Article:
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Do you use Wilton products/recipes in their classes?

post #1 of 13
Thread Starter 
I'm taking the Wilton classes right now. I'm mostly done with course 1 and have been using their buttercream recipe thinking I should stick to the exact products while in the class. I don't care for the taste of their buttercream though. Is there any reason I shouldn't just use the Sugarshack buttercream? It can't make a difference for piping the flowers can it?

I'm also curious about the fondant and gum paste. I've heard the Wilton products taste awful and I have access to a baking supply store with Satin Ice. Is Satin Ice as easy to use as Wilton? Am I better off just sticking to the same products the rest of the class will be using?
post #2 of 13
I'm a WMI, so I do have a preference on what my students use.

In the second course you will be using fondant/gumpaste the first lesson, then royal icing the second and third. You will only use buttercream the final night.

I do ask that my students use our class buttercream recipe because it works well in class and if it is off, I can usually fix it. I can't and won't force a person to use it, but I do think that it helps to use it in class, then adapt to other recipes as you go along.

As far as the fondant, I would try it first myself before I actually judge it. I just find it sweet, that's all. It is a nice texture to work with, and I like that about it. I think that there is a big majority of people that just don't care for the texture of fondant and that is more of an issue than the taste.

I have in the past not asked my students not to by the Duff fondant for class, because it does not behave the same way Wilton's does. To me, it is harder to work with, not something you want for a beginner and it doesn't set up the way Wilton's does, which is important for things like the bow. I've never worked with Satin Ice myself, so I don't know how it compares to ease of use like Wilton's does.

From a teaching stand point it, to me, does make things go smoother if everyone is starting with the same playing field when it comes to icings and fondant in class.
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post #3 of 13
Thread Starter 
Thanks for the insight. I guess I'll just stick to the Wilton products for now.
post #4 of 13
I'm also a WMI, and I agree with everything TexasSugar said. I think that's what is great about the Wilton classes, you get the basics, then can play with everything else at home icon_smile.gif
post #5 of 13
Having taken all of the course last summer I can give you the student perspective. For the most part I used Wilton items. I did use Satin Ice instead of Wilton Fondant and did not have a problem. The bow came out just like those who used Wilton's product. I found it "easier" to use Wilton stuff because it was right there in the store--I did not want to mess with making my own gumpaste or fondant.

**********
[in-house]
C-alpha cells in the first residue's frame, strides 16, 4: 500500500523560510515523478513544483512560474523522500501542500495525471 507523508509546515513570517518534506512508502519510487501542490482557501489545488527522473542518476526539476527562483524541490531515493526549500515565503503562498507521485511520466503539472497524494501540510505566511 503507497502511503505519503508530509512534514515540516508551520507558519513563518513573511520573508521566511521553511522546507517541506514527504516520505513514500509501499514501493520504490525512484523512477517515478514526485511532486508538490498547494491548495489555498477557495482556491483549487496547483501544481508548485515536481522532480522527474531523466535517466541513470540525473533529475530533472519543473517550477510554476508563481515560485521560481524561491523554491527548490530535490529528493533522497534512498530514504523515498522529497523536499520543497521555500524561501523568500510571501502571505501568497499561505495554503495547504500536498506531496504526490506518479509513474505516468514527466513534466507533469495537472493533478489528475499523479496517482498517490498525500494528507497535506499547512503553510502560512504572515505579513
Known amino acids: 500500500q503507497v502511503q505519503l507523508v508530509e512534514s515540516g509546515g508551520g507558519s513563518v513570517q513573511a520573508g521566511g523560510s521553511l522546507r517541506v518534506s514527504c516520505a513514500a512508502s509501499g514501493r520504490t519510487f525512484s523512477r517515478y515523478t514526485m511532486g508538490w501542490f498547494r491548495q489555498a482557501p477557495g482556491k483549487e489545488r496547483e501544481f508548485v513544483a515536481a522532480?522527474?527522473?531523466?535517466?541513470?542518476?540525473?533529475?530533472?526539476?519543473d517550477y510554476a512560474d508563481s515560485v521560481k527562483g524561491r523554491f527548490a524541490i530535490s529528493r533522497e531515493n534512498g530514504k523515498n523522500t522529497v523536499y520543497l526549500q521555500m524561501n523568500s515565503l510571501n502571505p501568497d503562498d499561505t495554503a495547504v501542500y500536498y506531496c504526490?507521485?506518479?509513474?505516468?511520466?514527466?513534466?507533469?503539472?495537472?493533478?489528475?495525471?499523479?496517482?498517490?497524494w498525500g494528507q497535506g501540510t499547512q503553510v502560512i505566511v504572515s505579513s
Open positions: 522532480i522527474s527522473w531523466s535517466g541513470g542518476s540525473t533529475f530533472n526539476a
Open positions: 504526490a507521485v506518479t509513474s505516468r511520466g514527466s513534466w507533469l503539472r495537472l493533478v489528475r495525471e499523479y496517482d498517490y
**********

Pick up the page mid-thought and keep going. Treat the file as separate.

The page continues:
I don't want to minimize the claim made by others that it is easier if everyone is using the same products. However there were people in the course that used a different buttercream recipe, homemade fondant, etc and it was never an issue in class. That is it never caused an issue for the instructor.
post #6 of 13
Gator, while I've had students use different things and haven't had problems, I have had students use different things and I have problems.

I've made fondant at home before. In my opinion, anyone making fondant should try some premade first so you know what you should be getting as an end product. And on top of that not all recipes are the same or come out to the same products.

We don't have Satin Ice available locally, so that one isn't an issue for me. Between the two they can get here, I totally suggest Wilton over Duffs, at least for learning purposes.

I had a couple of students once, that decided to change up icings the last night of the first course. Instead of buttercream they made royal icing, and used it to cover their cakes. The only problem was they didn't mix it long enough, and when royal icing isn't mixed long enough, it doesn't hold it's shape. Not to mention, it isn't generally something (in the US) that you would want to icing your cake with. After having problems trying to get it to work for roses they told me what they made. When they removed the cake carrier lid they had a puddle of icing around the cake.

I'm all for experimenting. The only issue I have with it when it happens in class is that if someone has an issue with it, like the situation above, there isn't much I can do to fix the icing. And when the icing is mostly unusable it causes a lot of frustration for that person.